Bee Whisperer

Last week, I shared the cover of my upcoming novel in poems, An Art, a Craft, a Mystery, and told you the story behind the cover’s design, which is based on the poem, Bee Whisperer

Today, I am honored to share this poem which was just published in the July/August issue of Poetry Magazine.

My book is a verse novel written in historical persona poetry.  An Art, a Craft, a Mystery (Livingston Press, 2022) is the story of two women who immigrated to the colonies as indentured servants in the seventeenth-century and lived along the Connecticut River. They were both healers and victims of the early witch-hunt delusion in colonial Connecticut. In this poem, Kate Harrison speaks about the harassment she suffered after her husband’s death, and her response to the harassment.

I drew from many historical documents to create Lydea and Kate’s story. I thank historian, David D. Hall for his book, Witch-Hunting in Seventeeth-Century New England, where I discovered the transcripts of Kate’s trial. This poem rose out of the following testimony recorded on October 29, 1668:

Richard Montague said Katherine Harrison said that a swarm of bees flew away…but the said Katherine said that she had fetched them again.”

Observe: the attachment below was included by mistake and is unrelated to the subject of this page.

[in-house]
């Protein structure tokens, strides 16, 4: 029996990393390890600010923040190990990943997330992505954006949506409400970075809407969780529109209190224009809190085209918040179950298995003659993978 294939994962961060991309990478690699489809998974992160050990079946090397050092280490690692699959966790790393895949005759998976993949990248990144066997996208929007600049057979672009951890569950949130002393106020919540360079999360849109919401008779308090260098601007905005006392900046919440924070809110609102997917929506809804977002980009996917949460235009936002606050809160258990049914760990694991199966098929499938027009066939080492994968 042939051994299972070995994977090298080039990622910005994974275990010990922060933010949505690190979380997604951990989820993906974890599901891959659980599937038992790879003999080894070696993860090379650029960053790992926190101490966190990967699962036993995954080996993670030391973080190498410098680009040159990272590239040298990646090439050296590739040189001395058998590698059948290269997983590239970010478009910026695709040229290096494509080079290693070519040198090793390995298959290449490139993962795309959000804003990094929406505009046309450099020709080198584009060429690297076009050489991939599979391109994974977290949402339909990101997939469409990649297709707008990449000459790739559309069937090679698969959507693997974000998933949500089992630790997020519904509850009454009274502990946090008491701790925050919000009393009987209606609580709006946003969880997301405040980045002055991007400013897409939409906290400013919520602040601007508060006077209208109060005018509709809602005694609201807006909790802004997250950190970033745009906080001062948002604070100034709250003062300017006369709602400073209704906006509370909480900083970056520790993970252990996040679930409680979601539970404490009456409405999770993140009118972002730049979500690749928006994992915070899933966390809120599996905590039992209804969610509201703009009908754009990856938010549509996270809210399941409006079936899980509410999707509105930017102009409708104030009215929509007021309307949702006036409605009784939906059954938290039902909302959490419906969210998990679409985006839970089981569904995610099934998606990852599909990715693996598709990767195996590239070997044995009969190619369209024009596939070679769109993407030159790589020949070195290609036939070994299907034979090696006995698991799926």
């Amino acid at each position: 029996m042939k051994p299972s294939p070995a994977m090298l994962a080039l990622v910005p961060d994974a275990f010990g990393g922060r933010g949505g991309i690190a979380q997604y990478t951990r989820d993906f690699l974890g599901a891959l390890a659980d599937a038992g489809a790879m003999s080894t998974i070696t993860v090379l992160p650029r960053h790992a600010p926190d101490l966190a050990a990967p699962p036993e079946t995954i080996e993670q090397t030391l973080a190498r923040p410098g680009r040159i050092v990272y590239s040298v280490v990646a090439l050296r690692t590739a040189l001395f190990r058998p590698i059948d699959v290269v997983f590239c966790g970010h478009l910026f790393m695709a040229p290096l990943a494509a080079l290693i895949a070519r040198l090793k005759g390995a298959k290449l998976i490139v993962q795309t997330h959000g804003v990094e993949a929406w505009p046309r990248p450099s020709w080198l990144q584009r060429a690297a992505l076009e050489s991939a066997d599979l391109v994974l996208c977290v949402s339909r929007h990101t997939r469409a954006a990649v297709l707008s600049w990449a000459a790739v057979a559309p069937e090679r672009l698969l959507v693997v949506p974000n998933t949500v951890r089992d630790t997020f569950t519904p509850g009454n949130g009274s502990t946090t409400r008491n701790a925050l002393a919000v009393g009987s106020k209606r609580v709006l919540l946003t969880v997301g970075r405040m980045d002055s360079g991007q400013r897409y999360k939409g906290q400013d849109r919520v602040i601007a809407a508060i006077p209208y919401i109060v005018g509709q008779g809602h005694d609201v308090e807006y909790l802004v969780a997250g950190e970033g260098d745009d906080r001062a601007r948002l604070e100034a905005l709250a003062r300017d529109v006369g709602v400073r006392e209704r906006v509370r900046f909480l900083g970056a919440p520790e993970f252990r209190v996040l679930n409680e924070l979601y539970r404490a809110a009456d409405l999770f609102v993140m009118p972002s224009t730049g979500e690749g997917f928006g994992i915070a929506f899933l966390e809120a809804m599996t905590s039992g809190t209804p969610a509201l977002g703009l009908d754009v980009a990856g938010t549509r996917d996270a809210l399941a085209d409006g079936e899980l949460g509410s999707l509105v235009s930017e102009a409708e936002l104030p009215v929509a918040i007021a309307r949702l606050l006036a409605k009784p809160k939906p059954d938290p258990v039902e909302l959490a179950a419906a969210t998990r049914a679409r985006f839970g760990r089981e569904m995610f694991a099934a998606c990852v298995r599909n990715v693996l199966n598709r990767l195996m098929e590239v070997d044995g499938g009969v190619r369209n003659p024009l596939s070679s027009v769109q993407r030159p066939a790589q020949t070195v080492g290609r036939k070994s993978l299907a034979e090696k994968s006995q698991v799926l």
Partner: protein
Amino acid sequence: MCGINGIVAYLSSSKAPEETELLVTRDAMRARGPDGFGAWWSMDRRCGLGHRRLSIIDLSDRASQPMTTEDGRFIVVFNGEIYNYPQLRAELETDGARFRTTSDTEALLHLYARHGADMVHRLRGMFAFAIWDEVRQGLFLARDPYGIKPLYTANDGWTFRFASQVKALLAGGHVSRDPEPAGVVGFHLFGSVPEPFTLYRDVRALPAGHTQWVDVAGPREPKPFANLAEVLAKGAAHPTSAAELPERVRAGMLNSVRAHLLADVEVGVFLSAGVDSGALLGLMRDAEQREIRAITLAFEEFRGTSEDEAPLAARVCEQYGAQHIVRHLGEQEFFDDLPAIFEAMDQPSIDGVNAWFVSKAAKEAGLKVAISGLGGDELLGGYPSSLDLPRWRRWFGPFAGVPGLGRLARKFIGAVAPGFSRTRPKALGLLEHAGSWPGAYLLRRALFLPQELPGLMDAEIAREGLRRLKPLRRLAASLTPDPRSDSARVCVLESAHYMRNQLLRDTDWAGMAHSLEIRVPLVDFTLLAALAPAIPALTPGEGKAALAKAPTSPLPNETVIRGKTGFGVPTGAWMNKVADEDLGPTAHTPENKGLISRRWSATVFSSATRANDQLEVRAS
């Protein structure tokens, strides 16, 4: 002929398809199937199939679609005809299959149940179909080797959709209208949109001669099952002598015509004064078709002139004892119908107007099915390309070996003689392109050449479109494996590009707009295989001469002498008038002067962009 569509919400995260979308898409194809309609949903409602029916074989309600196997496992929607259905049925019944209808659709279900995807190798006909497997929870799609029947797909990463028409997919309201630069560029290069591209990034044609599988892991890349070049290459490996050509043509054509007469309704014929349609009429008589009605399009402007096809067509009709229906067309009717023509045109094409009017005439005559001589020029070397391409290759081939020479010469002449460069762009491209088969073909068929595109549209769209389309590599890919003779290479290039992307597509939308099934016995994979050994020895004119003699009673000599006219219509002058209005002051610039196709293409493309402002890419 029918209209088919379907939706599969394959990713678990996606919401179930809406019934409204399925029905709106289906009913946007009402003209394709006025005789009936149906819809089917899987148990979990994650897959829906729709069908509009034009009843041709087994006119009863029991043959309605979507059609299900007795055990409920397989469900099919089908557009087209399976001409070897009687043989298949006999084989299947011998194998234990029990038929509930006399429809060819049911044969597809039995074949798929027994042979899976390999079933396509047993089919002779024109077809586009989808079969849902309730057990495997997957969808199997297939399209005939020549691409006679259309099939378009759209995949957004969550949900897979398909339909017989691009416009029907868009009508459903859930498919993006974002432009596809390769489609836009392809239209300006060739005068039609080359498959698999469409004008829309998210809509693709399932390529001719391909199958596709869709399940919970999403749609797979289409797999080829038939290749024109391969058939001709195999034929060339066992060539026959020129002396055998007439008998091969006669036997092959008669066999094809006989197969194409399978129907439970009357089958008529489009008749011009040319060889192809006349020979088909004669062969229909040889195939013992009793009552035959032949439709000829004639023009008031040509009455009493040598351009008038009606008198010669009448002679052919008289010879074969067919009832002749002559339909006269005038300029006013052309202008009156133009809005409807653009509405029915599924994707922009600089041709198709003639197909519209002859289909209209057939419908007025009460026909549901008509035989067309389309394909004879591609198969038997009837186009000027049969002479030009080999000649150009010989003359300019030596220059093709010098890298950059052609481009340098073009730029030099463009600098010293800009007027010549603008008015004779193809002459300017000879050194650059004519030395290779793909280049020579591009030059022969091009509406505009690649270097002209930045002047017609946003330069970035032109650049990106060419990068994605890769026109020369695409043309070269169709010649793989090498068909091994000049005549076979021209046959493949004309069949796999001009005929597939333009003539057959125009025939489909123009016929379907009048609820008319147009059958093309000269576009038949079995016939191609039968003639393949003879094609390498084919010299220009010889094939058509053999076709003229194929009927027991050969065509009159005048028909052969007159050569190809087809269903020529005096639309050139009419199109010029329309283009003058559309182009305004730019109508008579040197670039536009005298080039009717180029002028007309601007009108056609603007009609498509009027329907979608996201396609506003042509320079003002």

Bee Whisperer


For weeks we’ve seen some wild winds.
Today, I find my hives knocked over.
A season’s honey smeared in rivers
on the ground. I stand their domes again.

The bees are swarming in the trees and fighting
against the gale. I watch one entire colony
trapped by a whirlwind, carried out and up
across the Green. I run to follow and see them
swept over the river and caught in a maple grove.

                  Can anyone call bees?

Alone before the water’s edge,
in desperate worry for my colony,
not knowing what to do, I hold
my arms high, as if to block the wind,
and cry like swarming bees. I speak
about our apple blooms, promise
them acres of blossoms and honey mounds.

                  Your domes are upright, your babies waiting.

Suddenly, in one black cloud, they return
across the water, above my raised
head and waving arms, over the Green.

When I return, almost
horizontal against the raging winds,
I climb to my orchard, and find
the hives filling back
with colonies of bees.


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